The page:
Small trucks aren’t much better. Yukons, Suburbans, ML450s. They are driven by people who are a danger to you. Avoid them, even if you’re in a Navigator or Land Cruiser yourself. Their drivers are busy with other things and they are statistically more aggressive. Save yourself the hassle. This is doubly true if you’re driving a low car. My Boxster and I are regularly moved over on by thirty-five-year old women on the phone or baseball-capped emasculatroids who are frowning at the world because they can’t backtalk their boss.

This was all easy advice, right? If my kid can remember it, you can too. Perhaps it won’t be relevant for long. Perhaps we are in the twilight of driving, and this will all be academic in my son’s adulthood. I suppose I should mention one other thing: the other day, when a woman in an old Sable panic-stopped ahead of us because the light had turned yellow with ten feet between her and the intersection, John listened to his father for a moment then said, in remarkably solid fashion:

“Fock fock id yut. Fock id yut. Fock.”

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  • Lockdown Lockdown on Aug 22, 2011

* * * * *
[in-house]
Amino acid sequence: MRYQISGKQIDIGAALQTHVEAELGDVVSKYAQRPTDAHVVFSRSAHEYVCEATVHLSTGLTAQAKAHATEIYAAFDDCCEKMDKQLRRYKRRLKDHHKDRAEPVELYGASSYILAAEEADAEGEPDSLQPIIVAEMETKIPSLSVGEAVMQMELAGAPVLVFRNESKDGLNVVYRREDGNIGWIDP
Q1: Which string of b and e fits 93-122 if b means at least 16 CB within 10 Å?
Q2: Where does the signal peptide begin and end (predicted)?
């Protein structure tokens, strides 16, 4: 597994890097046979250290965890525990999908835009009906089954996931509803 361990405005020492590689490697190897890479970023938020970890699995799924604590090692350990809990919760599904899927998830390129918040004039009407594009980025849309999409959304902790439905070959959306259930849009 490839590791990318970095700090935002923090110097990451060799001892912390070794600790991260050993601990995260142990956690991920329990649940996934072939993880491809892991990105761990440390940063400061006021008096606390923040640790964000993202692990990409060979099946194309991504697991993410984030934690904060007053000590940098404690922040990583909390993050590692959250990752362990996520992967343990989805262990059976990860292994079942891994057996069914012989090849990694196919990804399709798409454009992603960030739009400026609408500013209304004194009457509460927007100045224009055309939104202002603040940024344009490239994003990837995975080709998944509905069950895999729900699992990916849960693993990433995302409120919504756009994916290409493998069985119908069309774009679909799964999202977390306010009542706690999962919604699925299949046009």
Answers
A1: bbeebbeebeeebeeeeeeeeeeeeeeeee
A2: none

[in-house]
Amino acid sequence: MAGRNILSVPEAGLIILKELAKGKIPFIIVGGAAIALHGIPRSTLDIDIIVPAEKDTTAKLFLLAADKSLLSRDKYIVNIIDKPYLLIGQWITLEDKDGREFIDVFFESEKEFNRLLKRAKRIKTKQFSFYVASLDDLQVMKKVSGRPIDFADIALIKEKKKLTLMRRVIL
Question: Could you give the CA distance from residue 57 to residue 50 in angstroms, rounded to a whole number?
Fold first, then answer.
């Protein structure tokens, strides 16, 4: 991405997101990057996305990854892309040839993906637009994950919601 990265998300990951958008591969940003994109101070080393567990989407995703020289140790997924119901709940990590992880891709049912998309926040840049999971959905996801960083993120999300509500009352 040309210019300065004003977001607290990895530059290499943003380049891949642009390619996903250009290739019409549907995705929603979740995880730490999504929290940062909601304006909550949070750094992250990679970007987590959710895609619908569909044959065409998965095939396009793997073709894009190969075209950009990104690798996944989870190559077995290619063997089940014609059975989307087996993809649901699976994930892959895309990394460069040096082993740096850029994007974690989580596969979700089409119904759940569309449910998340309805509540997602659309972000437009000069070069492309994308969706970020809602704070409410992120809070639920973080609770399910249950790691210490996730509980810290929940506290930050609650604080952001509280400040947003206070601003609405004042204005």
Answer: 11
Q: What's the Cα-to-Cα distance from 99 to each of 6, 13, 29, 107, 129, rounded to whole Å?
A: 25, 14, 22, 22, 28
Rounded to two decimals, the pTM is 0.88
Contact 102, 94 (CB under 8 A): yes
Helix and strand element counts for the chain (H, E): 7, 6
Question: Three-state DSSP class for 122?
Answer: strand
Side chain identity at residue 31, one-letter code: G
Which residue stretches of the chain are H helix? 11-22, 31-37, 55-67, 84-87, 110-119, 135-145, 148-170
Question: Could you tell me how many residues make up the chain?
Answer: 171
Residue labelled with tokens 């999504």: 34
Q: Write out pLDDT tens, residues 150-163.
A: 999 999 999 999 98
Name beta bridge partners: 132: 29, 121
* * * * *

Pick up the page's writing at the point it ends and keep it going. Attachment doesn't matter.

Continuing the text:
Jack, had to laugh about how knowing the road and maintaining your flow location in traffic to out class an idiot with an engine. I used to drive the Hamburg Turnpike in New Jersey to work each day, speed limit was 45, the fastest time between any 2 points was not accomplished with max engine speed. It was anticipating when someone would need to turn left and bring the passing lane on the two lane road to a dead stop or right but with a full stop before turning right on the turnpike. Smart drivers switched lanes a quarter mile before this point, cruised around at 45-55 and kept moving. I made it a game, figured out the best speed, combined with correct picking of lanes to make it to work in 20 minutes usually at 5-10mph below the posted speed. The stop and go speed freak took 35 minutes to transverse the same distance. One day an idiot with a Lamborghini Diablo was gunning the engine, wiping in and out of traffic, never picking the correct lane getting pissed when he got stuck in the slow traffic lane. I passed him 7 times in 3 miles as he continually got stuck by the lane turners only to slam on his brakes then re-gun the car. If he just watched traffic, he would not have to drive like a bat out of hell only to be then repassed by slower traffic that picked the correct lane. Annoyed I let the devil come out, see I knew the heavy storms had washed out the right lane on the downhill curve and left 8-10 inch crater potholes. I scraped bottom 3 days earlier in my 4x4 which is how I knew the road ruts where deeper than 8 inches. Those potholes had been growing for a week. Driving at a sane speed or within 10mph of posted speed most drivers could brake effectively to either change lanes or guide their vehicle at a crawl through the mine field of pot holes. I watched the anger in the Lamborghini Diablo driver build; yes I may have started to pick my lane based on trying to keep my truck in front of this super exotic. I may have known right where to release him. He could make the right or wrong decision. He threw me the finger way, gunned his car full throttle (great sound), passed blindly around me, on the right side, full bore way above the speed limit. Shame he didn’t know about the pot holes, or had his rage blinded him. It didn’t appear as if he even was able to touch the brakes before impact The sounds of a Lamborghini bouncing through these road ruts were excruciating to hear, he hit them so hard, my teeth rattled. The shrieking of scrapping undercarriage cracking, slamming, twisting frame, the horror or the awesome power of the new jersey pot hole depending on your point of view. He didn’t lose control per say, he was not injured, no other vehicles or property was damaged. His car came to rest about 3/8 of a mile passed the pot hole death zone. The look on his face was f*&^ing priceless, front end was severely bent, fluids were leaking from everywhere, the car was toast, I just got to witness hundreds of thousands of dollars pissed into the wind, priceless. On a positive note, that stretch of roadway was repaved the very next day.